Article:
Manchester Pride has cut funding for a “groundbreaking” scheme that’s been giving out free condoms and lube since 1994.
The free condom and lube distribution scheme in Manchester is the longest-running of its kind globally, and has given out more than 31 million safer sex packs across Greater Manchester over the past 27 years.
The scheme began at the height of the HIV epidemic in the UK, initially giving out free condoms and lube to gay and bisexual men working and living in or visiting Manchester. It now provides safer sex packs to people in the wider LGBT+ community, too.
Manchester Pride has financially supported the scheme since it began, but according to a statement posted on Facebook by the LGBT+ Foundation it is “no longer in a position to continued funding it in future”.
Mark Fletcher, chief executive of Manchester Pride, said in a statement that the free condom and lube distribution scheme was “absolutely vital” and that Manchester Pride has “been proud to support it”.
“Sadly the COVID-19 pandemic has had a significant impact on Manchester Pride,” Fletcher said. “Not being able to deliver in person events had a detrimental effect on our ability to generate income and raise funds in the way that we had planned.”
He added that Manchester Pride had to make “tough decisions” to “focus on recovering”, and encouraged other charities to come forward to fund the scheme.
Paul Martin, chief executive of the LGBT+ Foundation, which runs the scheme, in a statement: “We’re sorry to see the partnership with Manchester Pride is ending.
“But we are grateful for their support over the last quarter of a century and look forward to many more years of working with Manchester Pride in support of LGBTQ+ people in Greater Manchester.”
The LGBT+ Foundation has pledged that the scheme “will continue in future” but has called for “ideas or offers of support” regarding how it will be funded.
Manchester Pride accused of putting pop concert above community
The news has been met with anger from many in Manchester’s LGBT+ community, who point to the importance of the pioneering sexual health initiative in promoting safer sex and to Manchester Pride’s lack of “community focus”.
“Manchester Pride have demonstrated nothing but contempt for Manchester’s gay village and its community for several years now, but this is a new low, even by their standards,” wrote one person under the LGBT+ Foundation’s Facebook post about the decision.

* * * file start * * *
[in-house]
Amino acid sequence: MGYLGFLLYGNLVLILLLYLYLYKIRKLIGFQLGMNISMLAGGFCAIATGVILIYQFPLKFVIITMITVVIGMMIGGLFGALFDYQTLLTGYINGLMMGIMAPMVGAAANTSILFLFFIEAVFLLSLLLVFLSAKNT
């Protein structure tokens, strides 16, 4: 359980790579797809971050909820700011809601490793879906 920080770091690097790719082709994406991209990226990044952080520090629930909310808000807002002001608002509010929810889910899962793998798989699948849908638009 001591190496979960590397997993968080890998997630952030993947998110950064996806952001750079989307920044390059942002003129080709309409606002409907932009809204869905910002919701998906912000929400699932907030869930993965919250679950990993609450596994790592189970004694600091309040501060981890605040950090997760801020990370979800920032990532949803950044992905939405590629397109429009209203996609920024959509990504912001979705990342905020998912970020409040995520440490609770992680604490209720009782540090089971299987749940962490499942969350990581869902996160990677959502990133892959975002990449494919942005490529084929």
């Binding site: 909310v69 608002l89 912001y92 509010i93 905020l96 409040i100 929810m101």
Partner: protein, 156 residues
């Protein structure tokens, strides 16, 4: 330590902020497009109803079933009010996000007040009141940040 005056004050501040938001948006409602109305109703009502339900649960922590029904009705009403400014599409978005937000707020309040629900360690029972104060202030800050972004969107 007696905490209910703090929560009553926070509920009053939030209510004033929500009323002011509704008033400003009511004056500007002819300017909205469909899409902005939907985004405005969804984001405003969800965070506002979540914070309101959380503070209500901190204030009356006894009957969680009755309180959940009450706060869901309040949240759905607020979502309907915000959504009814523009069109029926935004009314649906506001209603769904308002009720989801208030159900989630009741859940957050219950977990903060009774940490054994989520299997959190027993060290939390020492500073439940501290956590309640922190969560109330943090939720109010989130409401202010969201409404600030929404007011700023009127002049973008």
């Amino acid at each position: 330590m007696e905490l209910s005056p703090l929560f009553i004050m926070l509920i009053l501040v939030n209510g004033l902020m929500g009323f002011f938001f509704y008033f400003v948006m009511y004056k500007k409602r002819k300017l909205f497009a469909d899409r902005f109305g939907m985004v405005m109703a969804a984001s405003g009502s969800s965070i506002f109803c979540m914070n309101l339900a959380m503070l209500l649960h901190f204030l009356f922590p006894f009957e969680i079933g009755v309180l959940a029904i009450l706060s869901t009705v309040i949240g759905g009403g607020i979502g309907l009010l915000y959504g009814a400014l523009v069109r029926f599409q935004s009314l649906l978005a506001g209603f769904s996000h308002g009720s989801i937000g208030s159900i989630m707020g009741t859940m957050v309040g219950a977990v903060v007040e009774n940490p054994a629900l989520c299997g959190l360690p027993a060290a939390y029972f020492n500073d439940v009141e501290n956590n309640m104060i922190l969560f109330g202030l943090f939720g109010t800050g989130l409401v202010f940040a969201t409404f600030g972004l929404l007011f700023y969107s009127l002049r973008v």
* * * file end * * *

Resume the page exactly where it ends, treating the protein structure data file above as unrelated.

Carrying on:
They continued: “Stop paying for their pop concerts. Stop waiting for their permission to hold a march. Stop buying tickets to enter your own gay village, which the Pride board openly admit they don’t visit the rest of the year.
“Manchester Pride Ltd is a corrupt, profiteering racket, and shame on everyone who has allowed them to seize the power they have without challenge.”
Another person said the decision was “yet another sign that Manchester Pride only has its own interests at play and is not a community focussed or spirited organisation”.
They continued: “Keeping hold of the vital condom and lube scheme should not have been a ‘difficult decision’ by any stretch. Any thread of support I had for Manchester Pride has now evaporated.
“They should be utterly ashamed. It’s a music festival now. They are obviously more excited about making announcements about big name pop acts and raising their own profile. Move it to a park. Reclaim the Village. Reclaim Pride. Manchester truly deserves so much better.”
Manchester Pride recently announced the line-up for this year’s MCR Pride Live, which will take place between 28-29 August.
Zara Larsson, Annie Mac, Gabrielle, Katy B, Drag Race UK stars and Eve lead the lineup. Manchester Pride also said it has secured another major artist as the headline performer on Saturday, but says it “will not be in a position to reveal their identity until 27 August, right before the bank holiday weekend show”.
Weekend tickets for the two-day event first went on sale for £76.45 on Ticketmaster, with final release tickets costing £92.95.
PinkNews contacted Manchester Pride for comment.